Buying properties in Italy is a major decision. Proceed with caution. Do your research. Always get independent advice.
Continued slow economic growth in Italy is helping to keep property prices low and therefore attractive for those looking to invest. Interest rates show no sign of substantially increasing in 2016 either in The UK or in the Eurozone. 2016 is therefore looking to be another year when many Britons will purchase an Italian property.
Each year, I am engaged by clients whose Italian property purchase started out as an impulse decision, driven more by emotional than rational considerations. Unfortunately, at some point during the purchase, the dream has turned in to a nightmare. All sorts of additional costs are incurred; costs which could have been completely avoided if legal advice had been sought prior to purchase.
At the very least, mistakes made during the purchase process can cause legal headaches, uncertainty and stress – the last thing anybody buying a home would choose. Recently, I was engaged to resolve a case where a property had been purchased without a Certificate of Habitability. The new owners didn’t realise that such certification was necessary until they tried to get water and electricity supplied to the property. Utility companies refused to hook up the property because the owners didn’t have the relevant paperwork.
The ramifications can be serious. Take for example, a client who didn’t have a survey and now finds his roof collapsing, or the owners of a property that lacks planning permission for some of the outbuildings on their recently acquired land.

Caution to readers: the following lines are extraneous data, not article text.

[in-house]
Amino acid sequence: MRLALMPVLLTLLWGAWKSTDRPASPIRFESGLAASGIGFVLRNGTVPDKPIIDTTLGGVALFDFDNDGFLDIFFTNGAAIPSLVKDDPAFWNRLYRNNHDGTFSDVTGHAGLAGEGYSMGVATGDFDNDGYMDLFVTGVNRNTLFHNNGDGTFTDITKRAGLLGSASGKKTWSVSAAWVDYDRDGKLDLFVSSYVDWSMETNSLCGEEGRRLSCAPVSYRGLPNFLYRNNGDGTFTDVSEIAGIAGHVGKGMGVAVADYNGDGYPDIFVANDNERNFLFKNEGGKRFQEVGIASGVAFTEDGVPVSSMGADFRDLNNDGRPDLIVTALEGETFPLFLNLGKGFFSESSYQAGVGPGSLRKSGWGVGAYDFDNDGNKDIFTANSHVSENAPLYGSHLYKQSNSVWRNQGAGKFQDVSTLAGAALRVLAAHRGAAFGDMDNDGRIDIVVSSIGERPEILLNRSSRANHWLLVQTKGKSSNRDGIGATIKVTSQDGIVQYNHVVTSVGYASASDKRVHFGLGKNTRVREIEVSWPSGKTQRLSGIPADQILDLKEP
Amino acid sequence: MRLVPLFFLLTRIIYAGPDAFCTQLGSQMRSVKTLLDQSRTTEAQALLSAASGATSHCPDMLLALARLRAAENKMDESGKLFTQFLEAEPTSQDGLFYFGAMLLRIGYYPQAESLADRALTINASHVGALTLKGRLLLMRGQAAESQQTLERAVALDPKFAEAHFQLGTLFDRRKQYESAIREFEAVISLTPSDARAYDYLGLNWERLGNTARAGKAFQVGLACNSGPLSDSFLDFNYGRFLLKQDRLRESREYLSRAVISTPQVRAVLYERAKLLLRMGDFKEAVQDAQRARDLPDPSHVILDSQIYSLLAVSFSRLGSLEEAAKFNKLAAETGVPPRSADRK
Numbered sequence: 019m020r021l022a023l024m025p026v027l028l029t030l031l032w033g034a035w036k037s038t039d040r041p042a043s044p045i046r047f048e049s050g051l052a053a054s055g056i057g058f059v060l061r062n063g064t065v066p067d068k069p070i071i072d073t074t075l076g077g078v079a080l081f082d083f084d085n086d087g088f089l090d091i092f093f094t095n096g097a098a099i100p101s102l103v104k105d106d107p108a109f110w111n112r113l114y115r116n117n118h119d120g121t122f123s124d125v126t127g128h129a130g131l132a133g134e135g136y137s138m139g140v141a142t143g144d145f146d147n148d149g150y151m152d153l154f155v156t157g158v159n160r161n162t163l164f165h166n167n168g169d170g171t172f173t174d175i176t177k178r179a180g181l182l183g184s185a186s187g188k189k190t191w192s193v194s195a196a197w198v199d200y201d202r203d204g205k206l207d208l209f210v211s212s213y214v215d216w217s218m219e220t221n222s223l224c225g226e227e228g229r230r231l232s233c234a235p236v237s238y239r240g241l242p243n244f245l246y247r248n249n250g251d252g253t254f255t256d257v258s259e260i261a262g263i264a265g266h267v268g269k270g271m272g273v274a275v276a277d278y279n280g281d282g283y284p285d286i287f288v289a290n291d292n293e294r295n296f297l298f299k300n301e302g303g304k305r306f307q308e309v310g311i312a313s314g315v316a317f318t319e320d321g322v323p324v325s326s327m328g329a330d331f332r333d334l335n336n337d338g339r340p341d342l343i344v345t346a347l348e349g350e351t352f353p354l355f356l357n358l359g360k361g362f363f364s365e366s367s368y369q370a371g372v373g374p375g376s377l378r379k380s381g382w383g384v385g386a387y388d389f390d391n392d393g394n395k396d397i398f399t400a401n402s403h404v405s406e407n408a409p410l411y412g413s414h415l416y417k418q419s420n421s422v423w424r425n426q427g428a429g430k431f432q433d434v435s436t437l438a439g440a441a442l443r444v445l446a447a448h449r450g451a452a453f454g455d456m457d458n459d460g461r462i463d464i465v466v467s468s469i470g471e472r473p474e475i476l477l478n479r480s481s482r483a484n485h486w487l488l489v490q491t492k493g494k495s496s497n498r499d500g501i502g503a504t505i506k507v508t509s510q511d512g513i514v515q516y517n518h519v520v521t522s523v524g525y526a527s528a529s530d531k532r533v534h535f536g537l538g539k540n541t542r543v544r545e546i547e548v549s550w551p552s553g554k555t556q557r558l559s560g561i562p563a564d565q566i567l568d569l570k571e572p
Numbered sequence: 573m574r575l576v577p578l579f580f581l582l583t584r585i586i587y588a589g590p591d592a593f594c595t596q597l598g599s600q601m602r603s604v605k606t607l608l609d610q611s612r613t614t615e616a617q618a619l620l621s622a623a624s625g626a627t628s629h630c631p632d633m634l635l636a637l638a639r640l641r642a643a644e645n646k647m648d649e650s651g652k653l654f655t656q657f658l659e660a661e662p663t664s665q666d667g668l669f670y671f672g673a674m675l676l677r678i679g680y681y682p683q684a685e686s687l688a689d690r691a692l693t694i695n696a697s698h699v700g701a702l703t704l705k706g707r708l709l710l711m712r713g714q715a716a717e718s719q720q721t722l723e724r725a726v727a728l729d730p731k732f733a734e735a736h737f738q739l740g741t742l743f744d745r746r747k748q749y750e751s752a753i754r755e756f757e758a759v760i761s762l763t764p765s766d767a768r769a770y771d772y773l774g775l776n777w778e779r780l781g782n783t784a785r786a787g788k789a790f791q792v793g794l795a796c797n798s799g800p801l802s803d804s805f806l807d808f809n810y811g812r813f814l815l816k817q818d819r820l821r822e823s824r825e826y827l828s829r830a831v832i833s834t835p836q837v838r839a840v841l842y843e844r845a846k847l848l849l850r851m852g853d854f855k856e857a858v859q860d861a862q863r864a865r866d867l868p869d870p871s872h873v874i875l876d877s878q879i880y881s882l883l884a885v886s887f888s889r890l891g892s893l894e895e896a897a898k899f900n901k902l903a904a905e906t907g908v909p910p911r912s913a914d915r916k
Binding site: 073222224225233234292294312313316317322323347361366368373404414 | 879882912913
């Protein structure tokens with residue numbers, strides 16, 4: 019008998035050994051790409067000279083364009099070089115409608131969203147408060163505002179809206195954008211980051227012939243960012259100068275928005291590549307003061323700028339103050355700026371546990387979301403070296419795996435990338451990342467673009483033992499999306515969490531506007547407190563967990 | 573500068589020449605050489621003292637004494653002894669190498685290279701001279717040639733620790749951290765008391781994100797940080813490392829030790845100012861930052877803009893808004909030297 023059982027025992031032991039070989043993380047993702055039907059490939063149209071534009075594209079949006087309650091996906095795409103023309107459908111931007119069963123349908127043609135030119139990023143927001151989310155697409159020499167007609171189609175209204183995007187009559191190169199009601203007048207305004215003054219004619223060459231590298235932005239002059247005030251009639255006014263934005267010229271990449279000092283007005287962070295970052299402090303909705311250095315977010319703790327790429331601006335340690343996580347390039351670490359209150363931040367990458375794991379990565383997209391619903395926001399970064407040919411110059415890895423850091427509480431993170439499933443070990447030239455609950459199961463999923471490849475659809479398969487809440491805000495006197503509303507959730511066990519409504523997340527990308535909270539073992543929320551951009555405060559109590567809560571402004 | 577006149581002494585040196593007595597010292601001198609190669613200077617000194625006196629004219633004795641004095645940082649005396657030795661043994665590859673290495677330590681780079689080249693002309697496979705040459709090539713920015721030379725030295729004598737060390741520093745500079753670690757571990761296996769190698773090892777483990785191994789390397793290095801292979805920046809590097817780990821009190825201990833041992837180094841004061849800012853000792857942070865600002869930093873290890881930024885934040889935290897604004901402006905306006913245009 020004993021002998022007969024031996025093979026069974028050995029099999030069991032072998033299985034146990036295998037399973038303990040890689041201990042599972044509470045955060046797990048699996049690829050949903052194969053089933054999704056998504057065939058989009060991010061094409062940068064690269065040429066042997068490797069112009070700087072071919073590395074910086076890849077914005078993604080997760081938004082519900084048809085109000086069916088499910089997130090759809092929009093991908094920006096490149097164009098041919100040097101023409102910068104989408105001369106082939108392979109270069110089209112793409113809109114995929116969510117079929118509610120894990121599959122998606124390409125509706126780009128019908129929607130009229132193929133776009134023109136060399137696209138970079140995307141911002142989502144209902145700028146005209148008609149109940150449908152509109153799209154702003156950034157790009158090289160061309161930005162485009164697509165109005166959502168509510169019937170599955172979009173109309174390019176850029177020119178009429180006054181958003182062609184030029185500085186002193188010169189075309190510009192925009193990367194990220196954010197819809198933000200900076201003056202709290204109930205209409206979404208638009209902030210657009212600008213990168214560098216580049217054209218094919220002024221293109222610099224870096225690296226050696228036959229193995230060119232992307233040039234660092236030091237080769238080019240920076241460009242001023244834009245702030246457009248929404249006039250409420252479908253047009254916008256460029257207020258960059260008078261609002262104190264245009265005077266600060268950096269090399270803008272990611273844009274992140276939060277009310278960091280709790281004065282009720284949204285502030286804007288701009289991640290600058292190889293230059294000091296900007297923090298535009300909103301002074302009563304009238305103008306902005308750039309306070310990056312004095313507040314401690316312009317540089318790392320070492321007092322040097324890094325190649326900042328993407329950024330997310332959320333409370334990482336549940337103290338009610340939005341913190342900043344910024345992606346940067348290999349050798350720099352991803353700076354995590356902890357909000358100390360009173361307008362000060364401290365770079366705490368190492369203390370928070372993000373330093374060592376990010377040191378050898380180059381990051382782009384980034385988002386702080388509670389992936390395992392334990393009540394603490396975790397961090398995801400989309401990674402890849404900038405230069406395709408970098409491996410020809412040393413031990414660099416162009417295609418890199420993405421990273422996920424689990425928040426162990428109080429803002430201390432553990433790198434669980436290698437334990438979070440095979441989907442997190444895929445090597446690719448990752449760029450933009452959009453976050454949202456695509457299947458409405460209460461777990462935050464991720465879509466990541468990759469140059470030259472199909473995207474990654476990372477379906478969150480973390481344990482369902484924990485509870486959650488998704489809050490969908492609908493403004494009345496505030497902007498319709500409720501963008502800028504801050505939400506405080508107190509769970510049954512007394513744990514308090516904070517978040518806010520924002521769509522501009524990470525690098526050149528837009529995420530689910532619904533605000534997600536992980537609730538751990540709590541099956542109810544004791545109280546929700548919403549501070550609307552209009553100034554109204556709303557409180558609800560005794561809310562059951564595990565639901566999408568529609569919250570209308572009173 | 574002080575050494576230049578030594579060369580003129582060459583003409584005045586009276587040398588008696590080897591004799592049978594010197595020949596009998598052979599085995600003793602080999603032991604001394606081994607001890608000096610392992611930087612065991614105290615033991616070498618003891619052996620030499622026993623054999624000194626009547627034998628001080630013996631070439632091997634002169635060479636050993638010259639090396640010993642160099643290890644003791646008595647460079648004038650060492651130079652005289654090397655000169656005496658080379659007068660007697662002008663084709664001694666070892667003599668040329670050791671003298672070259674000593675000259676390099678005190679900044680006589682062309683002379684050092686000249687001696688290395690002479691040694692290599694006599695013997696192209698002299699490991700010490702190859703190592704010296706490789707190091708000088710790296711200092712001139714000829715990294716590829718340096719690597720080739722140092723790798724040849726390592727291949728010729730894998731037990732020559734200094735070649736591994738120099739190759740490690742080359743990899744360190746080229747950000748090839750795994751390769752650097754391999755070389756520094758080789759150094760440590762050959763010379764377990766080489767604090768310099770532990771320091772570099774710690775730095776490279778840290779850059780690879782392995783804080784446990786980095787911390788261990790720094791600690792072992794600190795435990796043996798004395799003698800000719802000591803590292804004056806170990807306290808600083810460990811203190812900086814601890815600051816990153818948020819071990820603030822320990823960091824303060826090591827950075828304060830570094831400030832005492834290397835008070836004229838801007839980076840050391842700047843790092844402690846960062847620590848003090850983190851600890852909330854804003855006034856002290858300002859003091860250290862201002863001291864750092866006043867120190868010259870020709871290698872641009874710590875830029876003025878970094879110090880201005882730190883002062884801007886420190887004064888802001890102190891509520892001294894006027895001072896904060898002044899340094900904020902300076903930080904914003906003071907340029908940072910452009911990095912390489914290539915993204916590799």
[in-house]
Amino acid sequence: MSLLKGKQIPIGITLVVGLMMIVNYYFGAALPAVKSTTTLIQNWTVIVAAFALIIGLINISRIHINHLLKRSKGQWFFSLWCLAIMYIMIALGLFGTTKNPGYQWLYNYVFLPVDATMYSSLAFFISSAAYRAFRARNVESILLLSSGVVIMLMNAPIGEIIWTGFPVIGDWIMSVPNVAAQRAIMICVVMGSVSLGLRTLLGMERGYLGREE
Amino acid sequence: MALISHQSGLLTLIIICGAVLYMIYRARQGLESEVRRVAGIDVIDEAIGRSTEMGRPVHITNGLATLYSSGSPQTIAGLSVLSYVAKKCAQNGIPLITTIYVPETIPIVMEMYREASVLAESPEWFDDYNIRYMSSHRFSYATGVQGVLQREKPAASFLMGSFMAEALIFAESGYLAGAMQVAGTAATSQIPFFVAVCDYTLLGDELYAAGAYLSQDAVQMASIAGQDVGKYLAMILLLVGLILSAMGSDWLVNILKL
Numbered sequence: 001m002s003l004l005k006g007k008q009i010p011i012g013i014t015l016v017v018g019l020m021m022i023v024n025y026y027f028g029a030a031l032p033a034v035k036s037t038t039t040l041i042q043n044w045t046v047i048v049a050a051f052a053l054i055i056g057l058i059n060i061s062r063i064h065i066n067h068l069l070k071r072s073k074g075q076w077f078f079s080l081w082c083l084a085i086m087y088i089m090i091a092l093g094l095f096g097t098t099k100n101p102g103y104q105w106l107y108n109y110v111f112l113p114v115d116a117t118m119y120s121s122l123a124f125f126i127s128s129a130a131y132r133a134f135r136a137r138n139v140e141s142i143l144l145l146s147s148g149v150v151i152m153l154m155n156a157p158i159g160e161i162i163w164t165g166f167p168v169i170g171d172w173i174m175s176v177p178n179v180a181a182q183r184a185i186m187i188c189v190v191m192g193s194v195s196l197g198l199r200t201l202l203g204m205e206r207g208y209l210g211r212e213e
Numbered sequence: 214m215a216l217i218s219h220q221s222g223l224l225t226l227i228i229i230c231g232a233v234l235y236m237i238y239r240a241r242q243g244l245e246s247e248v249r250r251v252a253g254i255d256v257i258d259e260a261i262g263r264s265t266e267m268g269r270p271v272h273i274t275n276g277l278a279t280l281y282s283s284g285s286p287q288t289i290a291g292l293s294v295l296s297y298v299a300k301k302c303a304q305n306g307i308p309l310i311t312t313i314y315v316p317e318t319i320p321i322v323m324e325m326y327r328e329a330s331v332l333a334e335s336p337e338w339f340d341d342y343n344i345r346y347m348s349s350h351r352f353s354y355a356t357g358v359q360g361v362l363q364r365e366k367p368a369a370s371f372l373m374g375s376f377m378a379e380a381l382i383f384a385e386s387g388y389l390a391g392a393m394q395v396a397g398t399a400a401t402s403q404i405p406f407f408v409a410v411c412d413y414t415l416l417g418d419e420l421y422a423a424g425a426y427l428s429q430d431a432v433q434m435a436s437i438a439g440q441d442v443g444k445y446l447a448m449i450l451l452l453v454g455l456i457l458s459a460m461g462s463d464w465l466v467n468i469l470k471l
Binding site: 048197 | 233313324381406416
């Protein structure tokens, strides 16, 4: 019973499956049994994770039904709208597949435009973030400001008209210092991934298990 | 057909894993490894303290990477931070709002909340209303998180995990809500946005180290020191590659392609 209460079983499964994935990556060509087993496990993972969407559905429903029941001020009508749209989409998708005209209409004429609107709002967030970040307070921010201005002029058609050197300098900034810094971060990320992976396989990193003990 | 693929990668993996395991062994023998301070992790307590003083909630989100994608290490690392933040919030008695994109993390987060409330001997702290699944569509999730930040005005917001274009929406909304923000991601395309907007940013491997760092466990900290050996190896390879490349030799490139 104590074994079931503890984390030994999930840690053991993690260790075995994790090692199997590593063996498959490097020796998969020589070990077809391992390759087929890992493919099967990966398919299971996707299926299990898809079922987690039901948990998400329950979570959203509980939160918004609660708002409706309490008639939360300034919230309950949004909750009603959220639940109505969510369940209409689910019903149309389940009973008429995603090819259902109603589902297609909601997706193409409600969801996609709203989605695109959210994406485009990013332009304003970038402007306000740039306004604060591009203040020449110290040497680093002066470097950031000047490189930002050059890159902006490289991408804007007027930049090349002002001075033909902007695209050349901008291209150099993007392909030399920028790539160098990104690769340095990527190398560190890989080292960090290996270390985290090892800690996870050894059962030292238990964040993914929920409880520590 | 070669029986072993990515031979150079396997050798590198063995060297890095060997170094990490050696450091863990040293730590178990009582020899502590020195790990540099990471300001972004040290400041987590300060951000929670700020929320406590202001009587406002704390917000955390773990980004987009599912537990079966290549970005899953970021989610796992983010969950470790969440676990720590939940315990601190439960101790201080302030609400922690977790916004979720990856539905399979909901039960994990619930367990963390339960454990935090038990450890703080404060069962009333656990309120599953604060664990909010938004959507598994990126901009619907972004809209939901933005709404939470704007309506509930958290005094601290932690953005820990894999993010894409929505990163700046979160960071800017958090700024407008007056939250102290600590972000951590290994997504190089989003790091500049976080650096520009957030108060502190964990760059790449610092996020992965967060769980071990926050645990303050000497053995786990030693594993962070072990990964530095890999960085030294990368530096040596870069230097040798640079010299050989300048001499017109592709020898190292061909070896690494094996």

And if you are making a Buy to Let purchase, getting it right from the outset can mean the difference between owning a property that yields a return on your investment or owning a property that will drain your finances for years to come.
Unlike the UK, property purchases in Italy are not regulated by any authority such as the Financial Conduct Authority (FCA). You will not be protected by the Financial Ombudsman Service or Financial Services Compensation Scheme if things go wrong, even if you use an FCA-registered financial adviser or mortgage broker in the UK to make the deal on your behalf.
Beware of developers and the hard sell. Don’t succumb to pressure to sign anything. You may find yourself liable to pay fees or a deposit before you’ve had a chance to think carefully. Check all the paperwork. Make sure that the titles are correct, that you have all the necessary permissions, licences, certificates and planning consents. Make sure you account for all the tax you’ll be liable to pay, both in the UK and in Italy.
Before you sign any kind of paperwork relating to an Italian property, always seek legal advice from a lawyer who is independent of everyone else involved in the deal – including the vendor, developer or estate agent. Ensure your lawyer is fluent in both English, and Italian, that they understand Italian property law and exactly how the law relates to your situation.
If you need further information on the matter, please contact us.
Conveyancing in Italy, Italian Attorney, Italian Lawyer, Italian Notary Public, Italian property, Italian Property Attorney, Italian Property Law, Italian Property Lawyer, Italian Property Legal Assistance, Italian Property Solicitor, Italian Solicitor, Law Firms in Italy, Notaio, Notary, Notary Public, Off-Plan, Off-plan Property